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Monday, June 27, 2022

Campus

Shell President returns to alma mater to inspire, advise students


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Odum

The energy industry has made technological strides in the past decade, and an industry insider revisited campus to give back to his alma mater.

Marvin Odum, Shell Oil president and upstream director for its subsidiary Royal Dutch, discussed the move toward minimizing the company’s carbon footprint and the push to change the negative stigma surrounding the energy industry as part of the Bauer College of Business’s Distinguished Leaders series Wednesday night.

“People that are outside of the energy industry, they think about a company like Shell, and they (think of) these big, old, bureaucratic, boring companies,” Odum said. “But when you get into this business, and you look at the pace of the technological change, the cutting-edge technology of this business is comparable to any business out there.”

Energy sustainability and the future of the energy industry were some of the major topics Odum discussed.

Odum encouraged the students in attendance to broaden their horizons, saying that the energy industry caters to a multitude of disciplines.

“One of the things that makes this business so interesting, whether you’re an engineer, or a commercial person, a business person, an environmentalist, somebody that’s involved or interested in policy or government … this business touches every one of those aspects,” Odum said.

With more than 100 students, alumni and faculty in attendance, Dean of the Bauer College of Business Latha Ramchand projected her sense of fulfillment as a dean of a reputable college and the gratification of having a successful alumnus visit campus.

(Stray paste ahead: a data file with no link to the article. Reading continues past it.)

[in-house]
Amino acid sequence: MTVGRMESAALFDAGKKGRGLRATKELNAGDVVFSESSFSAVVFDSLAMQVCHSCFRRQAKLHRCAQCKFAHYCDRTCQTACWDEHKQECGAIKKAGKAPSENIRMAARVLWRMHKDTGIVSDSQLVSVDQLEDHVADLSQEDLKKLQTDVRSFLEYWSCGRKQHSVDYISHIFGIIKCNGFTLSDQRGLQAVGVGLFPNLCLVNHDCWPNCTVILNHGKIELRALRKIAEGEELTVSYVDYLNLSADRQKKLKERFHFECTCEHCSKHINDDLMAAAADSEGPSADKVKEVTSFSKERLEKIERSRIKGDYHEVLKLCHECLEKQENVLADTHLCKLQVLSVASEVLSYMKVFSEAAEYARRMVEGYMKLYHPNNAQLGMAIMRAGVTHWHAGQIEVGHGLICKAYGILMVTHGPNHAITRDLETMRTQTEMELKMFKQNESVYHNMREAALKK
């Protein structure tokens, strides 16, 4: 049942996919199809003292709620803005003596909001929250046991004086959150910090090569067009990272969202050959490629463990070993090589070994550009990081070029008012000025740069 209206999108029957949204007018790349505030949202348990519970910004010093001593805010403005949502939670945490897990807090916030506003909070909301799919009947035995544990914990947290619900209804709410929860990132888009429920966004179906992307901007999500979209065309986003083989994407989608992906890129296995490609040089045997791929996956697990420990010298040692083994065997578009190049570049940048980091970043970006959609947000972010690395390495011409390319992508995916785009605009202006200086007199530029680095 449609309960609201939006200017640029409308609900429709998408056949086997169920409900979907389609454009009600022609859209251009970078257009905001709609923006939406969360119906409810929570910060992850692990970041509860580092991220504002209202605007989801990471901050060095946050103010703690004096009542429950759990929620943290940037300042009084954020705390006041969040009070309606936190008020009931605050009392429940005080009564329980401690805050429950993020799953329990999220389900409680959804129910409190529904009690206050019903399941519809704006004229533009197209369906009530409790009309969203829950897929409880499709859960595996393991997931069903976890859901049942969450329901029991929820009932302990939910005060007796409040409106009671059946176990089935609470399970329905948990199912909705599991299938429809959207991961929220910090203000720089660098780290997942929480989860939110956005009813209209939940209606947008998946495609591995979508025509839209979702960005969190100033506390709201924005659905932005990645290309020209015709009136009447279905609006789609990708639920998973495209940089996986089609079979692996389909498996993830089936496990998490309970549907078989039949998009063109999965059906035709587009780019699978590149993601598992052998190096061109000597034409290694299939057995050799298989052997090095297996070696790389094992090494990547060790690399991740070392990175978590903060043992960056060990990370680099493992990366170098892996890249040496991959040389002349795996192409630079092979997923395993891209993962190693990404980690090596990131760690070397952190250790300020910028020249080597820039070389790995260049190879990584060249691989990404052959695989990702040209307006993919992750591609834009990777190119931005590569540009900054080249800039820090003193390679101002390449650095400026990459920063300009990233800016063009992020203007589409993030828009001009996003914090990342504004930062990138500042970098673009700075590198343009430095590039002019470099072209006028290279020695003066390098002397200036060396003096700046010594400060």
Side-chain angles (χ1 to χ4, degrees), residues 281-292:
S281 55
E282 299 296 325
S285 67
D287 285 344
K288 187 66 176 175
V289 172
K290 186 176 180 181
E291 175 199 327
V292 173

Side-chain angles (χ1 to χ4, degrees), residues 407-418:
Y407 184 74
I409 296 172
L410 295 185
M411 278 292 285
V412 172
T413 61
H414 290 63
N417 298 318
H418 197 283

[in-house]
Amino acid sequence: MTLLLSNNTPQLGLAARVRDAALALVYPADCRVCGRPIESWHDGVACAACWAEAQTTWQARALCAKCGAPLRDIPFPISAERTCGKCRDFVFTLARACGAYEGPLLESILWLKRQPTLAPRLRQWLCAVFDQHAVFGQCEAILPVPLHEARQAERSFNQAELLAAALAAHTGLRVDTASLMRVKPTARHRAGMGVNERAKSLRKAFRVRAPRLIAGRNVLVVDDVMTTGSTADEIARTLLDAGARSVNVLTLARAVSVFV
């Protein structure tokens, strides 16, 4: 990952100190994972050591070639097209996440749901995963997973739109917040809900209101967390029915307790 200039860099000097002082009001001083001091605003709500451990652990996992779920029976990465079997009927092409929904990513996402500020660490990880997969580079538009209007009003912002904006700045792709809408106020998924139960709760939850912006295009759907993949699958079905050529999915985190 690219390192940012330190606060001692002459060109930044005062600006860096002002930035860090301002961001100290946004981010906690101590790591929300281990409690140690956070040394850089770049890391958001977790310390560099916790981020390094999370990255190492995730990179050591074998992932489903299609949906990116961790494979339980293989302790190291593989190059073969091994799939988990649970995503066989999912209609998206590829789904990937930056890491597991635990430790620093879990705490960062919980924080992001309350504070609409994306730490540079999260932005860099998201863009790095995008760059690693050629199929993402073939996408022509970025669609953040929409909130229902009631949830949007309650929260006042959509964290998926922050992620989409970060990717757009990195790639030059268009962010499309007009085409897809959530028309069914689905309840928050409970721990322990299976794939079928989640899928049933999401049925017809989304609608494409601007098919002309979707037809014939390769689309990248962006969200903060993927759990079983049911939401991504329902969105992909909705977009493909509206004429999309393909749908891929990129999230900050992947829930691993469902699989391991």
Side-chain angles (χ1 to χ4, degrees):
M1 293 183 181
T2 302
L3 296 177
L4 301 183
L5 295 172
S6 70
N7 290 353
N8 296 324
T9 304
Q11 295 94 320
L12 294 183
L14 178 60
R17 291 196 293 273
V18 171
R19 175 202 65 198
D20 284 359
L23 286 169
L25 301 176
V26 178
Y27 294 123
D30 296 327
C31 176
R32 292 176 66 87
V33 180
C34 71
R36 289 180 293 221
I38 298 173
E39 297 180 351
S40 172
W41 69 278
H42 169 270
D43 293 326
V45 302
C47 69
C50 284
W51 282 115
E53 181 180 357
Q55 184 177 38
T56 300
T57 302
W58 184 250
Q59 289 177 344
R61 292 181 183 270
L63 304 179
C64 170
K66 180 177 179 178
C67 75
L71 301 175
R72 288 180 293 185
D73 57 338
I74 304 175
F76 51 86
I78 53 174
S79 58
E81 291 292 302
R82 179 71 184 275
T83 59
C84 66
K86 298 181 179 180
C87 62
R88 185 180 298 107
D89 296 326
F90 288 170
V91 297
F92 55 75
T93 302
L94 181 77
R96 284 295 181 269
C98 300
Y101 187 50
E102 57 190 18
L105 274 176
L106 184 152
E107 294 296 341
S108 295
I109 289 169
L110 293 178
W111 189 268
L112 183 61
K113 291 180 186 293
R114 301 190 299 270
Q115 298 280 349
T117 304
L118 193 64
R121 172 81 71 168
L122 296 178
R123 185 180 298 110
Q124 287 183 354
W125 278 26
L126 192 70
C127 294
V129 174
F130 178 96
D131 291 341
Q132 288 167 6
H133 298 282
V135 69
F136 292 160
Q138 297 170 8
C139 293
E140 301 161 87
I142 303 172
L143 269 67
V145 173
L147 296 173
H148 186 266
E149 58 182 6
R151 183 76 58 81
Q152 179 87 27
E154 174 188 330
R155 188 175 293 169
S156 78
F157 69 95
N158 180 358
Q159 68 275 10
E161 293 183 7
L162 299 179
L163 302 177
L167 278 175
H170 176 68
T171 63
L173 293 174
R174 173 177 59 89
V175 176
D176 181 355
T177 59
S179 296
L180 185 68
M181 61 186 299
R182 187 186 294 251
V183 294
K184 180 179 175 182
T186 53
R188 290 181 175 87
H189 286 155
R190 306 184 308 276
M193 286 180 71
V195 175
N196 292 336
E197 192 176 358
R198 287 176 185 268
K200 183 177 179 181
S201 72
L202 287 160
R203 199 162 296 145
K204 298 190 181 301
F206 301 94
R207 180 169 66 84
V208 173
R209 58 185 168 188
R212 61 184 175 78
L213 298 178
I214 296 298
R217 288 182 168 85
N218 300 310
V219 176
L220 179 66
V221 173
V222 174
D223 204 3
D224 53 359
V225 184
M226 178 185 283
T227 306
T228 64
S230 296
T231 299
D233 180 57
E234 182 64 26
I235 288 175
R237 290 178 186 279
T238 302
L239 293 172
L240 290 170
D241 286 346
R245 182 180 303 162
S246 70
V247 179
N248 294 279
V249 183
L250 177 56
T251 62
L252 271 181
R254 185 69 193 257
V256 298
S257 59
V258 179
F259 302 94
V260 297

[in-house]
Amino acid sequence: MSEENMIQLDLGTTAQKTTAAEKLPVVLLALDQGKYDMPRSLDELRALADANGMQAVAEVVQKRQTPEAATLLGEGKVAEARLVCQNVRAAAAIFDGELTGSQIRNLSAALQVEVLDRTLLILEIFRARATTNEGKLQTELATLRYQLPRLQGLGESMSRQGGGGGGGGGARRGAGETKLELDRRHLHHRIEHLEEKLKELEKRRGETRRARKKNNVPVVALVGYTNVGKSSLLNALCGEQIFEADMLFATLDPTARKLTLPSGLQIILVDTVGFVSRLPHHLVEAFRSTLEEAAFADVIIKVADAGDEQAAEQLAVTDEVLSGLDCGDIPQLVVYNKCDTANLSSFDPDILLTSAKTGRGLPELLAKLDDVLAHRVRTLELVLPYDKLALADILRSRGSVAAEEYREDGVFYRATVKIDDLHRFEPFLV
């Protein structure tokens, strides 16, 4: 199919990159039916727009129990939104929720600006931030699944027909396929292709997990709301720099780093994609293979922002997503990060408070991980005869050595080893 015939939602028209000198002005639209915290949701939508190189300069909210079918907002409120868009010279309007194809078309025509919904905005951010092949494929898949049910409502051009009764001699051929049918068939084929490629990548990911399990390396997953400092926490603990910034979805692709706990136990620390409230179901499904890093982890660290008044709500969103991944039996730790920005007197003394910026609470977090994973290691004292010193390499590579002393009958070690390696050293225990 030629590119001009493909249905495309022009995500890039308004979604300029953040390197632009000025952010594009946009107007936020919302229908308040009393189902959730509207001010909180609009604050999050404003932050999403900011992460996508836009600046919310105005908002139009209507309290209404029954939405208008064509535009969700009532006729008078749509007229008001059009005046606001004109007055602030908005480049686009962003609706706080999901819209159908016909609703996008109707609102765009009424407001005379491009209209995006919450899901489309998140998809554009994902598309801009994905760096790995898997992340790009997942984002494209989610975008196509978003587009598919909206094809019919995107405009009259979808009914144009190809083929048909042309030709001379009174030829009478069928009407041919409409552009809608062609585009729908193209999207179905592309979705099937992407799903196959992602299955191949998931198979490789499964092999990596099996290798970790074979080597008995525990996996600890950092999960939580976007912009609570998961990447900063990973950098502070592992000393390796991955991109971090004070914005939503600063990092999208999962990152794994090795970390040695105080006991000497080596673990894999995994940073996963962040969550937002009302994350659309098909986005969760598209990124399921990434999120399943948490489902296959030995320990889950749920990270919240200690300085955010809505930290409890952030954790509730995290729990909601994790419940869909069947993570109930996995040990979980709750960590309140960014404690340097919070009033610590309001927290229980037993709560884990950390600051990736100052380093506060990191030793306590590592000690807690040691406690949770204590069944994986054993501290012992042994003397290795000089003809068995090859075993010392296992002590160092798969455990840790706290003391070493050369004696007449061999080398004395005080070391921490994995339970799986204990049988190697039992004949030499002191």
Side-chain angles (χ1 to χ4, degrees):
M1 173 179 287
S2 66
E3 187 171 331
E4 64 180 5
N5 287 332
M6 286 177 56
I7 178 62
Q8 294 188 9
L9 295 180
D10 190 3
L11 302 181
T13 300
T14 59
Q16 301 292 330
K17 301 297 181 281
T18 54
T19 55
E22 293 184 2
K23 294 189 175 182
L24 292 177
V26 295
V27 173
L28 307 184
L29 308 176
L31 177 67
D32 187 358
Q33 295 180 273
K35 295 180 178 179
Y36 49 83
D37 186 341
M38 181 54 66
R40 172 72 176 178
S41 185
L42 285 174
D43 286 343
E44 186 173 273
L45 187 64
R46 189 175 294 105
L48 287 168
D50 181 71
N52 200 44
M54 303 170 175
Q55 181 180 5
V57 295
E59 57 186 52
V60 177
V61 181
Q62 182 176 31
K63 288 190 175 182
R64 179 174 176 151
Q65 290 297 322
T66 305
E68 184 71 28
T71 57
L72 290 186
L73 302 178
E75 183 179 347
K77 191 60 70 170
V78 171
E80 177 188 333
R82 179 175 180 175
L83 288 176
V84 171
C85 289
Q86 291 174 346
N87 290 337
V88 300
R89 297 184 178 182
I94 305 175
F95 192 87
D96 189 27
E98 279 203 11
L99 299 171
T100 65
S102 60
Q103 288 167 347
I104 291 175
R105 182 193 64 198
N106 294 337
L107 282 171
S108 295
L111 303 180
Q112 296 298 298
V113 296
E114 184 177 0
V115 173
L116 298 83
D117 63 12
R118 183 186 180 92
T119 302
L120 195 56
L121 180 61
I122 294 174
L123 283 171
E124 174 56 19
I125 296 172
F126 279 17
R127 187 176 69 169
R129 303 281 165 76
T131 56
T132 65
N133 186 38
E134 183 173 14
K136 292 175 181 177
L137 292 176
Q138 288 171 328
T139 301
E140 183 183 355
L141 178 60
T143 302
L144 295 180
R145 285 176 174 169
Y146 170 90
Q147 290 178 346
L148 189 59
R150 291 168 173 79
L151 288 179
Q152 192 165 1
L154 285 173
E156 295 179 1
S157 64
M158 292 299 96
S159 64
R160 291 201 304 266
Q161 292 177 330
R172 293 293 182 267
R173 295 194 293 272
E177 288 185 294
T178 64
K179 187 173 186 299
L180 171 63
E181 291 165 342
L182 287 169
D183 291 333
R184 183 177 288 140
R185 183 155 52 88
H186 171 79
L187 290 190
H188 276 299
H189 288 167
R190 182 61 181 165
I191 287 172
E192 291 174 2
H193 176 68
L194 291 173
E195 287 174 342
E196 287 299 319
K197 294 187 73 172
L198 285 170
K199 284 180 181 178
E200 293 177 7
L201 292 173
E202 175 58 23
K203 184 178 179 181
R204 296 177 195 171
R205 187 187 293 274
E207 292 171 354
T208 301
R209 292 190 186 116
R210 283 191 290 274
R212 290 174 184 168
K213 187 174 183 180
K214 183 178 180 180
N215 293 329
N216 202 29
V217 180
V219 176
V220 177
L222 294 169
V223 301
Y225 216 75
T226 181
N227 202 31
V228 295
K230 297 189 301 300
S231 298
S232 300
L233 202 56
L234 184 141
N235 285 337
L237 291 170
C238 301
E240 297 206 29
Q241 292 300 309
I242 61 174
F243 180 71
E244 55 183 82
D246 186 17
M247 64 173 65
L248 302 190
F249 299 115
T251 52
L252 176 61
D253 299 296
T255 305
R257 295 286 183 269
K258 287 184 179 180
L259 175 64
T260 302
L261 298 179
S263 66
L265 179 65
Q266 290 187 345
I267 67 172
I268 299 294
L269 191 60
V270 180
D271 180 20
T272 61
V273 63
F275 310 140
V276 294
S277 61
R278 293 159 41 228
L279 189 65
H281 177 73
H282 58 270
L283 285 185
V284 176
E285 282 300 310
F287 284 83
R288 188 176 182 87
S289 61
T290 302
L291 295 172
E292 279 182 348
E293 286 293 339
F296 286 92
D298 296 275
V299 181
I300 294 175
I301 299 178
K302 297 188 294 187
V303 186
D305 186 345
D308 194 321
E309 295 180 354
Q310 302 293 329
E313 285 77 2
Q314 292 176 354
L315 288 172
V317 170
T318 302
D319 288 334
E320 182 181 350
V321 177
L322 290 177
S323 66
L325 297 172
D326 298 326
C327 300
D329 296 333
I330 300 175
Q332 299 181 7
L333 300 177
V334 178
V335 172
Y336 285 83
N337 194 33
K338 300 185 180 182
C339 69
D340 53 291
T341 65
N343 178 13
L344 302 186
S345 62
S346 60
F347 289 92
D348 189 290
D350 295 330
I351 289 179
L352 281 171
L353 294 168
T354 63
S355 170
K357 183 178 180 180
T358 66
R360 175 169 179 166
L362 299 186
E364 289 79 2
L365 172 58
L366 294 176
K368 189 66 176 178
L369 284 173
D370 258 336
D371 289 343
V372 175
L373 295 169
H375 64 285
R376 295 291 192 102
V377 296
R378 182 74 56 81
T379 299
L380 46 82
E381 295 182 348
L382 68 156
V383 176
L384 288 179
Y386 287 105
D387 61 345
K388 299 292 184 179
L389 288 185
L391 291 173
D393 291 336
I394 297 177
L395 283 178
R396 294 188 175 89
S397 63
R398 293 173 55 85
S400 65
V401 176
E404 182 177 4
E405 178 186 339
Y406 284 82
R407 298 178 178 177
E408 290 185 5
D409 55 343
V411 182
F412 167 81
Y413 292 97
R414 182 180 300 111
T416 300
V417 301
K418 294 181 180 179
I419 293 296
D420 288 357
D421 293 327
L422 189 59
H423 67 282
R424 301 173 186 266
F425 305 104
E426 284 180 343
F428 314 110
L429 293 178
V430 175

“As a dean, you want to recruit the most talented students,” Ramchand said. “You want them to do well, you want them to graduate on time well, you want them to go on and become successful alumni. Most importantly, you want them as successful alumni to come back and re-engage with the next generation of students.”

Houston is commonly known as the energy capital of the world, and the impact Odum has made on Houston through his presence in “both (the) technical and commercial aspects of energy” is significant, according to the U.S. Chamber of Commerce Foundation Emerging Issues Program. The Program wrote that Odum was “responsible” for Shell’s increase of exploration businesses in the greater western hemisphere as well as Shell’s unique projects that studied gas and oil stands.

Finance and supply chain senior Niccolo Buchelli felt that encounters with industry leaders like Odum gave Cougars a unique opportunity to learn from the successes of alumni.

“The fact that a leader in a multinational corporation came to UH — it gives us the notion that he cares about Bauer’s excellence and that he sees the potential in Bauer students to solve the world’s complex problems,” Buchelli said. “It’s very exciting for a student, especially one studying business. Him coming here gives us hope to one day have accomplished the things he has and more.”

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